In 1941, Stephan Zweig, a prominent Austrian writer of the 20th century, wrote extensively about the “Country of the Future”. He referred himself to Brazil, the nation he chose to go to in 1941.

More than seventy years have gone by since, and in spite of being the ninth largest economy and the fourth largest democracy in the world, some insist that Brazil is and will always be the country of the future – never of the present. Such perception does not seem to be completely flawed and has, in effect, grown significantly in the past years. Why?

Credibility has dwindled due to the country’s current socioeconomic depression, which officially began in 2014 and whose end is yet to be known. After years of growth and euphoria, many are still trying to find the right questions and answers, just like someone who wakes up after a night of heavy drinking. And, similarly to someone in a tremendous hangover, the reasons underlying the terrible “day-after” are, arguably, clearer than glass.
In fact, Brazil has a tendency to commit similar mistakes over time – perhaps like those who don’t learn their lesson after drinking too much. The New Republic, (1985- )which came about after 21 years of military governments (1964-85), brought hope and new perspectives to a country that had gone from being a major economy in the 1970s to a “lost decade” in the 1980s. From an economic perspective, history seems to have, mutatis mutandis, repeated itself.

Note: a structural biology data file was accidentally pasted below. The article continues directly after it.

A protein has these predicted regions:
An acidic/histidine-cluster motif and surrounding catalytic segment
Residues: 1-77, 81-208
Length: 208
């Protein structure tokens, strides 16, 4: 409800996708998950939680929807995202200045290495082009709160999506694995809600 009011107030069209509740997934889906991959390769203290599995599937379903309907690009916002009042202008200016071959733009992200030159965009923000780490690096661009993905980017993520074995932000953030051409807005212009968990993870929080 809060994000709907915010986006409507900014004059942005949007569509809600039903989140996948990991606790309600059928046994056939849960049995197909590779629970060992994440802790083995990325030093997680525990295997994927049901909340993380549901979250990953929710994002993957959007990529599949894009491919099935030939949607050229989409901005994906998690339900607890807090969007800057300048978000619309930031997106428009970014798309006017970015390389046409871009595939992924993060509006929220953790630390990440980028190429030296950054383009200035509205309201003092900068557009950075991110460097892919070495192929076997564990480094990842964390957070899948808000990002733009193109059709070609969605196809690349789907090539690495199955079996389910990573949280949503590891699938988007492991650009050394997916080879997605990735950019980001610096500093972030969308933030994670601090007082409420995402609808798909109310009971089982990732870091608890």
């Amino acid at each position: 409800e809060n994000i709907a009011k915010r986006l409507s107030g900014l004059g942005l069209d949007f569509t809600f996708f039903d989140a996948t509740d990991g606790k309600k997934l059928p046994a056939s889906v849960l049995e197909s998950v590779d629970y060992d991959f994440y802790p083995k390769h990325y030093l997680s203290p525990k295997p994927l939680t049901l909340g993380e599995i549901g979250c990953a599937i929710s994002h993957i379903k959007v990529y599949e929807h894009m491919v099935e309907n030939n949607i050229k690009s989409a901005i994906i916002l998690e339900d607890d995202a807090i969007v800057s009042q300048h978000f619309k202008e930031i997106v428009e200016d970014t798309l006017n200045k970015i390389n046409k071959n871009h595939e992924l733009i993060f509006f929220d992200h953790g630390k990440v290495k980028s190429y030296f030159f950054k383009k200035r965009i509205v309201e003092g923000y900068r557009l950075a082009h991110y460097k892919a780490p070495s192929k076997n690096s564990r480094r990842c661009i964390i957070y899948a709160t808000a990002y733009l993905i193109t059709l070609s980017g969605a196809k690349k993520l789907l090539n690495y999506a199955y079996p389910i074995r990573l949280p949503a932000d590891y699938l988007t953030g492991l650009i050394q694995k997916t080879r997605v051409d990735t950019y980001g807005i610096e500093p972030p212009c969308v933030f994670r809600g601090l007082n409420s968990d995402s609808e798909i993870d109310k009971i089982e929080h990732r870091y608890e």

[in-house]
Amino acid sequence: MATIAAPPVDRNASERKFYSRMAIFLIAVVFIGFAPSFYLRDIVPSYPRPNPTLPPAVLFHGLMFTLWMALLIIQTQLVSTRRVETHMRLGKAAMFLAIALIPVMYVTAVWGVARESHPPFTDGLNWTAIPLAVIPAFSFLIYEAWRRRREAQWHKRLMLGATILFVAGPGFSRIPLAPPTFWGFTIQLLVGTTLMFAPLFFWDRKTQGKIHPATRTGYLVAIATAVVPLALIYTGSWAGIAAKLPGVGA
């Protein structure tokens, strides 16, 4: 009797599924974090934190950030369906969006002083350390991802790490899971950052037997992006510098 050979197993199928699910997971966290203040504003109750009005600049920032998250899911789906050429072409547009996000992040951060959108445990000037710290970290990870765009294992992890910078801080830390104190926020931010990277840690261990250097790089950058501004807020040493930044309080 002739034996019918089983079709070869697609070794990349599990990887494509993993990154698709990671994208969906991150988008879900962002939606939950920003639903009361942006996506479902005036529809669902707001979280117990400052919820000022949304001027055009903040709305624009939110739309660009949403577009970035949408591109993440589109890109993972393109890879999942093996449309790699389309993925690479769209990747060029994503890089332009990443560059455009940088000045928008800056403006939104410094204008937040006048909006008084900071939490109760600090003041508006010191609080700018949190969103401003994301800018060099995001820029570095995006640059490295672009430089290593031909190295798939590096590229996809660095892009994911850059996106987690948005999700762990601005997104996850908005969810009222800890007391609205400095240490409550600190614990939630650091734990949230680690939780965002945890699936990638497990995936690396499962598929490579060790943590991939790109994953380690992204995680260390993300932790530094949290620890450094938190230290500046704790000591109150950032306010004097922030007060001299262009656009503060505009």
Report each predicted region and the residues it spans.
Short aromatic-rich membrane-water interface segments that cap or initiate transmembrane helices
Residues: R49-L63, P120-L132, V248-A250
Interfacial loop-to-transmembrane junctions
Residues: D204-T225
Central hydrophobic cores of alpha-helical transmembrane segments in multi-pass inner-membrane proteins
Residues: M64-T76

The “Brazilian Miracle”, enjoyed mostly by General Médici (1969-74) and, to a lesser extent, by General Geisel (1974-79), was only possible thanks to the thorough and tough economic reforms headed by marshal Castelo Branco (1964-67). Correspondingly, the recent exceptional growth, during Luiz Inácio Lula da Silva’s and Dilma Rousseff’s administrations (2003-2010 and 2011-2016, respectively) is, according to many analysts, mostly due to the hardworking macroeconomic stabilization programmes lead by Fernando Henrique Cardoso (1995-2002).

Castelo Branco and Cardoso share the fact that both had to take unpopular measures, so that, inter alia, government budget could be balanced, inflation tamed, the financial system reorganized, and credibility restored. In sum, these two presidents implemented relatively successful frameworks which then paved the way for sound and resilient growth.

Cardoso, more specifically, is responsible for the “Plano Real”,which, among other things, lowered inflation from 2,477% in 1993 to less than 10% throughout most of his tenure – according to numbers from IBGE (Brazilian Institute of Geography and Statistics). Together with a highly qualified group of economists, he devised this plan in 1993, as Minister of Finance, and gave continuity to it by getting elected President in 1994.

From 1994 to 2002, Brazil went through several advances and setbacks. Although inflation diminished significantly, there were negative aspects to the deflationary strategy. To keep markets calm and avoid speculative attacks, the country adopted extremely high interest rates and a rigid exchange rate system, leading to an overvalued currency, un-competitive industry and an excessive burden on government debt due to interest payments.